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Dose-Dense Chemotherapy Stands Test of Time

Carlson, Robert H.

doi: 10.1097/01.COT.0000466407.94557.71


MIAMI BEACH—It has been just over a decade since Larry Norton, MD, was honored with the David A. Karnofsky award by the American Society of Clinical Oncology, given “in recognition of innovative clinical research and developments that have changed the way oncologists think about the general practice of oncology.” At the time it was called “sweet vindication” for Norton, now Deputy Physician-in-Chief for Breast Cancer Programs and Medical Director of the Evelyn H. Lauder Breast Center at Memorial Sloan Kettering Cancer Center (MSKCC), for his then radical concept of applying mathematics to cancer biology.

Dose-dense administration of cytotoxic chemotherapy to optimize adjuvant chemotherapy is a practical application of the concept championed by Norton.

Clifford A. Hudis, MD, Chief of the Breast Medicine Service at MSKCC, a speaker here at the Miami Breast Cancer Conference, said the practice of dose-dense chemotherapy is alive and well. In fact, he emphasized that it appears to provide a better baseline platform for the addition of targeted therapies than standard treatment scheduling.

Dose-dense scheduling of chemotherapy refers to the use of optimal standard doses administered more frequently, often with the aid of growth-factor support. The simplest idea about dose-dense therapy is that more frequent or dense dosing will decrease the time for tumor growth; it will allow for ever more treatment of ever smaller volumes of residual tumor; and it results in greater overall cell-kill.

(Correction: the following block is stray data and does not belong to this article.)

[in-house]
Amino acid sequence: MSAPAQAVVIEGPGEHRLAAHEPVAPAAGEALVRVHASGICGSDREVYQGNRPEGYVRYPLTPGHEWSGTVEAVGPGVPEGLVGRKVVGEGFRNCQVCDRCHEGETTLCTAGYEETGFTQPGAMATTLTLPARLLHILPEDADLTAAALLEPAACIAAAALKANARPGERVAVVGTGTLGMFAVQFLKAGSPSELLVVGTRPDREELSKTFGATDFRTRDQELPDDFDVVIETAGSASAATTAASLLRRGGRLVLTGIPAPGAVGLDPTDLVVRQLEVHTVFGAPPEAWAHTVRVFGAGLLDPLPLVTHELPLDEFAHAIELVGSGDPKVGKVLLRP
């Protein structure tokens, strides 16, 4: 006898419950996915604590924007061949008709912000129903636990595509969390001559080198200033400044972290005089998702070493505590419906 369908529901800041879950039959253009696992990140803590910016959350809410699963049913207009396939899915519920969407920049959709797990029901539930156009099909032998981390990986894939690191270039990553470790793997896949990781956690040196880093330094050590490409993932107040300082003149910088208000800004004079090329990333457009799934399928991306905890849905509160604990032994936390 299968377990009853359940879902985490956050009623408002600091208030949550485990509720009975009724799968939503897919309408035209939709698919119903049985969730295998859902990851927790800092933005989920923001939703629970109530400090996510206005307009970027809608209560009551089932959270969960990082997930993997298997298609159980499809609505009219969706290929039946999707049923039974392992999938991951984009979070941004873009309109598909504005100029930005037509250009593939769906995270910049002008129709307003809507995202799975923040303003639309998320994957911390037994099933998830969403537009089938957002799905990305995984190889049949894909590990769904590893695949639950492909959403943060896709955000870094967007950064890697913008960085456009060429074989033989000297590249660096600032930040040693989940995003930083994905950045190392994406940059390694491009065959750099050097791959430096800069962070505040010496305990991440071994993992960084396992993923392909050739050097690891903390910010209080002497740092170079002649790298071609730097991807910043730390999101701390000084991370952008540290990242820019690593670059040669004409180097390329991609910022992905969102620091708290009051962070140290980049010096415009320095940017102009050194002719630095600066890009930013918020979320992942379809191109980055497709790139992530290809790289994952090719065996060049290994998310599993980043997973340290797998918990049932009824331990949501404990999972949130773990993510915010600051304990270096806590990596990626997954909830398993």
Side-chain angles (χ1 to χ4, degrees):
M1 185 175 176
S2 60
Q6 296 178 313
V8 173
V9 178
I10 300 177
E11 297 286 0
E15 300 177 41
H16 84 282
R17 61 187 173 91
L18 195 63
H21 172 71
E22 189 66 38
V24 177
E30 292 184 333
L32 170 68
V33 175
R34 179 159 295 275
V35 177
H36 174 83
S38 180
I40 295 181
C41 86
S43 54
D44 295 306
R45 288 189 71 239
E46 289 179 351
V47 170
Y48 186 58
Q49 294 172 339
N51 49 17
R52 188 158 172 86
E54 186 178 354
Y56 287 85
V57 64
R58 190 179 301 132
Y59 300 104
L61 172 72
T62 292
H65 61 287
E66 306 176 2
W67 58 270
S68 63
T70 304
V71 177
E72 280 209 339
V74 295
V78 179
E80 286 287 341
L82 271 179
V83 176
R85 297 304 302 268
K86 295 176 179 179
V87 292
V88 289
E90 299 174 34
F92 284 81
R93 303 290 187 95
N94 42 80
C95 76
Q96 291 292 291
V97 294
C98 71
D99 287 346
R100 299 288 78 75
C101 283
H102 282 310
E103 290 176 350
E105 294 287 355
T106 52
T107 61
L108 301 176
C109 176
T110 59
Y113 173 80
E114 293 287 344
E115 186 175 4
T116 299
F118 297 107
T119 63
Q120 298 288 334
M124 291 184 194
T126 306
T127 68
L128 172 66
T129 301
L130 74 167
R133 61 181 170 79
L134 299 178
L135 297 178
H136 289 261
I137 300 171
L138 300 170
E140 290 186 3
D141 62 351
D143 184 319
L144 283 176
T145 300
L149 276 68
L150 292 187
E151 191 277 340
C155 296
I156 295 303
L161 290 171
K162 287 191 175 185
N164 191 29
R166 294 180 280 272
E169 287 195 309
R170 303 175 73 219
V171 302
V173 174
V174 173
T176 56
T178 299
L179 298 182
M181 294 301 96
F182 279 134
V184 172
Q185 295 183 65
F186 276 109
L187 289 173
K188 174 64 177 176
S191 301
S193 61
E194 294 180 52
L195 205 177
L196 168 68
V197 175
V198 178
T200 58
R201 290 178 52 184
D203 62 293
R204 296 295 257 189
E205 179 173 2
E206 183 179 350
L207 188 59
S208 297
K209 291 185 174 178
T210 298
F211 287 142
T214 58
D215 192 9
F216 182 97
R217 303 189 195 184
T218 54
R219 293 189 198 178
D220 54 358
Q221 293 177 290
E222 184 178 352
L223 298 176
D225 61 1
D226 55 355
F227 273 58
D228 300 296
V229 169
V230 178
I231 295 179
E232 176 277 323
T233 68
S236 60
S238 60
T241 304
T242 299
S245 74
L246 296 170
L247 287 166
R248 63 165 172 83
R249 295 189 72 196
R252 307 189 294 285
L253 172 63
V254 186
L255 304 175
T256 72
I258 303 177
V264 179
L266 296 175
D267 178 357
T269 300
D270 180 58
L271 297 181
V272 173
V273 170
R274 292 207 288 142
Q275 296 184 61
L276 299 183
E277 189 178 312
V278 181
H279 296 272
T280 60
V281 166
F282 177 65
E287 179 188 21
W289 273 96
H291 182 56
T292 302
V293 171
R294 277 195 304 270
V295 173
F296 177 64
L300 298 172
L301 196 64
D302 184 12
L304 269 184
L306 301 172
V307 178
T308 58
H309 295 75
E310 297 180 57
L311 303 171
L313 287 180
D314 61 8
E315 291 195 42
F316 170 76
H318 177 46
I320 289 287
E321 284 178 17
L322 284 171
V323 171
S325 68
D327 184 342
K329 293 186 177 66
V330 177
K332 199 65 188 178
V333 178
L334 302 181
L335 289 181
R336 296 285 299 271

Delving into the history of dose-dense scheduling, Hudis said the practice-changing trial was CALGB 9741 (JCO 2003;10:1431-1439). Hudis, who was an investigator on this trial, said this was key in the acceptance of dose-dense chemotherapy because it was positive, and well controlled.

The trial compared concurrent AC (doxorubicin-cyclophosphamide) versus sequential A then C, and in both cases paclitaxel was given as a single agent. Using a two-by-two factorial design, the other comparison was every-three-week therapy versus every-two-week, thus requiring colony stimulating factor support.

“What made this a test of dose density was that every single patient got the exact same total dose, the exact same number of doses of each drug, and the exact same dose sizes. So the variable was schedule or sequential versus concurrent dosing.”

This study was positive when first reported, he said, and it remains that way through a 10-year follow-up, showing that every-two-week dosing is superior to every-three-week, and that was true for overall survival as well.

“This was a trial that fundamentally made dose-dense therapy a standard option,” Hudis said. Six years later, a clinical trial of dose-dense AC plus targeted therapy with trastuzumab (JCO 2009;36:6117-6123) brought a pleasant surprise concerning cardiac toxicity with the dose-dense schedule—a rate of approximately two percent—in line, he said, with what would be expected with doxorubicin.